Film Critic: Theresa Smith
Love by Chance is a glossy film that is a rom-com in name only.
Stocked with beautiful black people and centered on what should be an interesting premise, it doesn’t quite live up to its promise.
The plot is simple enough. Two South African actors who are trying to crack Hollywood via the Atlanta, Georgia acting scene, meet and fall in love. Jealousy and insecurity around work issues though, come between them and the relationship falters.
While the two leads – Atandwa Kani and Altovise Lawrence – are both strong actors who create credible characters, the two never spark and the lack of chemistry means you never really believe they fall in love, or really care what the other thinks or says about them.
This rather scuppers the central tenet of the film, as well as the would-be climactic last scene which feature some seriously wooden and stilted acting from the bit players.
Kani makes the most of his role as Chance, showcasing his facility with accents, oozing charm and affability. He plays up the “innocent Rube” side of his character so much that you don’t quite believe it when he goes all diva and throws a massive tantrum which just feels like acting.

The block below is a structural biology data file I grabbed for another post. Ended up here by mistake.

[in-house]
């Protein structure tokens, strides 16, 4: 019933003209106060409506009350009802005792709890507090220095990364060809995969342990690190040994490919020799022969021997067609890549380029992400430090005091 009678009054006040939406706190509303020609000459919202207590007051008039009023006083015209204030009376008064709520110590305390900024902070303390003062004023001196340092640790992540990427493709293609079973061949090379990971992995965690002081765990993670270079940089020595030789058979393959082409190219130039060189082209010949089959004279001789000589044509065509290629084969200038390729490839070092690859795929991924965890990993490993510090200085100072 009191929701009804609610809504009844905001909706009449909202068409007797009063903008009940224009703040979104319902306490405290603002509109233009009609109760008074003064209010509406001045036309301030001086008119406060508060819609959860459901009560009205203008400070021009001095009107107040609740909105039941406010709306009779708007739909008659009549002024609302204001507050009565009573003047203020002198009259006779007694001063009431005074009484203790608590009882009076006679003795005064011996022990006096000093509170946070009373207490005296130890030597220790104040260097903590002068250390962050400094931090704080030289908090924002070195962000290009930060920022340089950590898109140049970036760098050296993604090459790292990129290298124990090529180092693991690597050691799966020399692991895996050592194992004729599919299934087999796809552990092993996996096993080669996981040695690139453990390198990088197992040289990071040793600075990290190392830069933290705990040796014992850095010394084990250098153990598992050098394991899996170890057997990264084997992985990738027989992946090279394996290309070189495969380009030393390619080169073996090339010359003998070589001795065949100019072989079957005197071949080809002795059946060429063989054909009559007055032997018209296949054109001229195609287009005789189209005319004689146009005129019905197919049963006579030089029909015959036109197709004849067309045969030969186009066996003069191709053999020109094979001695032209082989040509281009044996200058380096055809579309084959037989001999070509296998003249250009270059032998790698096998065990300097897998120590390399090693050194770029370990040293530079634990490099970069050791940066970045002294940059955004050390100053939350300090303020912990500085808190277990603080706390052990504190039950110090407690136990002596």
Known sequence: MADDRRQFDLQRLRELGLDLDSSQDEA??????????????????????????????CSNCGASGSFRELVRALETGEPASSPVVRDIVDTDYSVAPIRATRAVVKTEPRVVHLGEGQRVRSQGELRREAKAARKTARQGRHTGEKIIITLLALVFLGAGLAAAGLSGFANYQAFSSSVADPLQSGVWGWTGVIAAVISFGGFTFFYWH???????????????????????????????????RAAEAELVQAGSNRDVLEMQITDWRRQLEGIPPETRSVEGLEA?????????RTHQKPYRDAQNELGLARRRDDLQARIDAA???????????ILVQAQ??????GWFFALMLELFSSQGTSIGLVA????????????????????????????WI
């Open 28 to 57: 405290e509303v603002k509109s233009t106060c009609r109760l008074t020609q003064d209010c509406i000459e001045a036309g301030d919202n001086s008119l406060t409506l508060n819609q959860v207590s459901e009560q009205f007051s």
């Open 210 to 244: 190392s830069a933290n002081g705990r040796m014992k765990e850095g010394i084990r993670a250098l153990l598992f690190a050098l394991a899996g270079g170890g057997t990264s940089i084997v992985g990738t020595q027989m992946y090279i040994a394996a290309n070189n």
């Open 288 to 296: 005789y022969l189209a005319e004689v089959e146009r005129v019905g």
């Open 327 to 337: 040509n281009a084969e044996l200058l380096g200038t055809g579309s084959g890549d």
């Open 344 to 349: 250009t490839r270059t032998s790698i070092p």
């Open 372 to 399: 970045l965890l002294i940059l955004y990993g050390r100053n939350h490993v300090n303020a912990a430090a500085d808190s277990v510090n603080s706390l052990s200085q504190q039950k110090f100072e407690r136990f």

Lawrence convinces you of her Bailey character’s frustration and depression around being an actor with a degree who is forced to take stand-in jobs. But again, her interaction with Kani does not convince.
The two South African characters hang out with a variety of American friends who plunder the usual stereotypes of two guys who run a barbershop, one of whom has a crazily possessive girlfriend. Or try Bailey’s American best friend who can’t pronounce South African names. Yes. We know you can’t click. It is not funny in the least.
Tonally the film falls flat, with jokes at the expense of people’s feelings rather than situational or germane to the burgeoning relationship between Chance and Bailey. Many of the scenes are rushed through, only to plonk you in the middle of a drawn out scene which is meant to further the emotional conflict – but since the conflict is all in the spoken word, it’s all tell don’t show.
You don’t believe the romance or laugh at the comedy, so what is the point? The novelty of two South Africans trying to navigate America is not so novel when so much of the place looks like Sandton anyway. So, as calling cards for the two leads it shows they can act, just not with each other.
This Love by Chance review was first published at Weekend Special.